The Community Mental Health Services Block Grant (MHBG) and the Substance Abuse Prevention and Treatment Block Grant (SAPT) focus on different target populations.
The MHBG target populations are adults diagnosed with a serious mental illness (SMI) and children diagnosed with a serious emotional disorder (SED). The SAPT target populations are 1) those who are pregnant and inject drugs, 2) those who are pregnant and abuse substances, 3) those who inject drugs, and 4) all other individuals with substance use disorders. Another difference between the block grant programs is the requirement of a planning council. The MHBG program requires a state to have a planning council in order to receive block grant funding. This requirement is not found in the SAPT program.
Though there are a number of differences between the two block grant programs, the goals and purposes of the grants are generally the same. The goals of the grants are to ensure that those within the target populations have:
- A physically and emotionally healthy lifestyle (health)
- A stable, safe and supportive place to live (a home)
- Meaningful daily activities (a purpose); and
- Relationships and social networks (a community)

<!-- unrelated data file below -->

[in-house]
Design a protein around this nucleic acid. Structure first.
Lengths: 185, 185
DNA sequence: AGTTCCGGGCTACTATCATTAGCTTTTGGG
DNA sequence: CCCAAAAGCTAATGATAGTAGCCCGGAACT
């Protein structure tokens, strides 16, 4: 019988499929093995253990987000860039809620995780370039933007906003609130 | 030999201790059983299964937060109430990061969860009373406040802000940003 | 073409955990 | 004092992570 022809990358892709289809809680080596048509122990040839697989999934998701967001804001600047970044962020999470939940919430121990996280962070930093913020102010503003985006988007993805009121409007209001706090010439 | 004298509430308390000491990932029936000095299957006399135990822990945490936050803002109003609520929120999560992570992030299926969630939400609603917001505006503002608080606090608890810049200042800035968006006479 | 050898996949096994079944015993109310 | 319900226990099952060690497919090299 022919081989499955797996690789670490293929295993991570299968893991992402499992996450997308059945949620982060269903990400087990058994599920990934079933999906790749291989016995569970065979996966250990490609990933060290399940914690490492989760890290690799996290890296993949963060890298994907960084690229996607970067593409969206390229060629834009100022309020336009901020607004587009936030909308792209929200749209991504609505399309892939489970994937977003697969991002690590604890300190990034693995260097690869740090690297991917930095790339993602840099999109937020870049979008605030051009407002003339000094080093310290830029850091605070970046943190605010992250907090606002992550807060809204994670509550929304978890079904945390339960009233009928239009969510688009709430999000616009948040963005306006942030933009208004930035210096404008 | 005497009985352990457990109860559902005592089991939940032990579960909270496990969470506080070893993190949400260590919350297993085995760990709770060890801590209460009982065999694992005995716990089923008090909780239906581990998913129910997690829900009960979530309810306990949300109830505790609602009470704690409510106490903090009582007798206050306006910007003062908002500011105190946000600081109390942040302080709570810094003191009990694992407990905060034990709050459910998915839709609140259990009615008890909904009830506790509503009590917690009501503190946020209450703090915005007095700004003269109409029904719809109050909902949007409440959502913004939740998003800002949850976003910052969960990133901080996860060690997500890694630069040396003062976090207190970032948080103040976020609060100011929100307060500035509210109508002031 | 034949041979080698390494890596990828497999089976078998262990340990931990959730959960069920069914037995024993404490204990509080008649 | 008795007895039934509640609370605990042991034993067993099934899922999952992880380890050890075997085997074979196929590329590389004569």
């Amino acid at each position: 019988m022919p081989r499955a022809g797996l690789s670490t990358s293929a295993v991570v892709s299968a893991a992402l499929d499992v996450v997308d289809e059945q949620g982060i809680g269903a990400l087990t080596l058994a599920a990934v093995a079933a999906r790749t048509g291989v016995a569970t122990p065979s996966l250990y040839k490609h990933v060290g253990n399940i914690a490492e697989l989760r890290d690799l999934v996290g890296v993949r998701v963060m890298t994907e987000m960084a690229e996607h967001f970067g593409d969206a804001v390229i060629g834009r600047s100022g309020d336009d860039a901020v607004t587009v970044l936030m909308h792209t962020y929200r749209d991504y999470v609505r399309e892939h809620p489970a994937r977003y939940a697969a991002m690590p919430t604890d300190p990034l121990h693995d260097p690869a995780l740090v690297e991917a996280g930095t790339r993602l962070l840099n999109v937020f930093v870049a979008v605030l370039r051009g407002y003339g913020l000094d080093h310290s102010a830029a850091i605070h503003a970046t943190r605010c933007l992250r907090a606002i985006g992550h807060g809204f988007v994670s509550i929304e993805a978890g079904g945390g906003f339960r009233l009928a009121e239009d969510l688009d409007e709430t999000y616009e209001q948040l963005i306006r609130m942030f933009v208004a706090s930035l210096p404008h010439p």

States are to use the Block Grant program for prevention, treatment, recovery supports and other services that will supplement services covered by Medicaid, Medicare and private insurance. Specifically the Block Grant funds are directed toward four purposes:
- Fund priority treatment and support services for individuals without insurance or for whom coverage is terminated for short periods of time.
- Fund those priority treatment and support services not covered by Medicaid, Medicare or private insurance for low income individuals and that demonstrate success in improving outcomes and/or supporting recovery.
- Fund primary prevention - universal, selective and indicated prevention activities and services for persons not identified as needing treatment.
- Collect performance and outcome data to determine the ongoing effectiveness of behavioral health promotion, treatment and recovery support services and plan the implementation of new services on a nationwide basis.
Until the 2012-2013 planning cycle, North Dakota operated the two block grant programs separately. At that time, SAMHSA provided the states with the option of submitting a combined two-year application. North Dakota took advantage of this opportunity and submitted a combined application in 2012.
The North Dakota Department of Human Services accepts written comments on the Fiscal Year 2018-2019 Combined Behavioral Health Assessment and Plan at any time.
Comments can be mailed to:
North Dakota Health and Human Services, Behavioral Health Division
600 E. Boulevard Ave., Dept. 325
Bismarck, ND 58505
Comments can be emailed to: firstname.lastname@example.org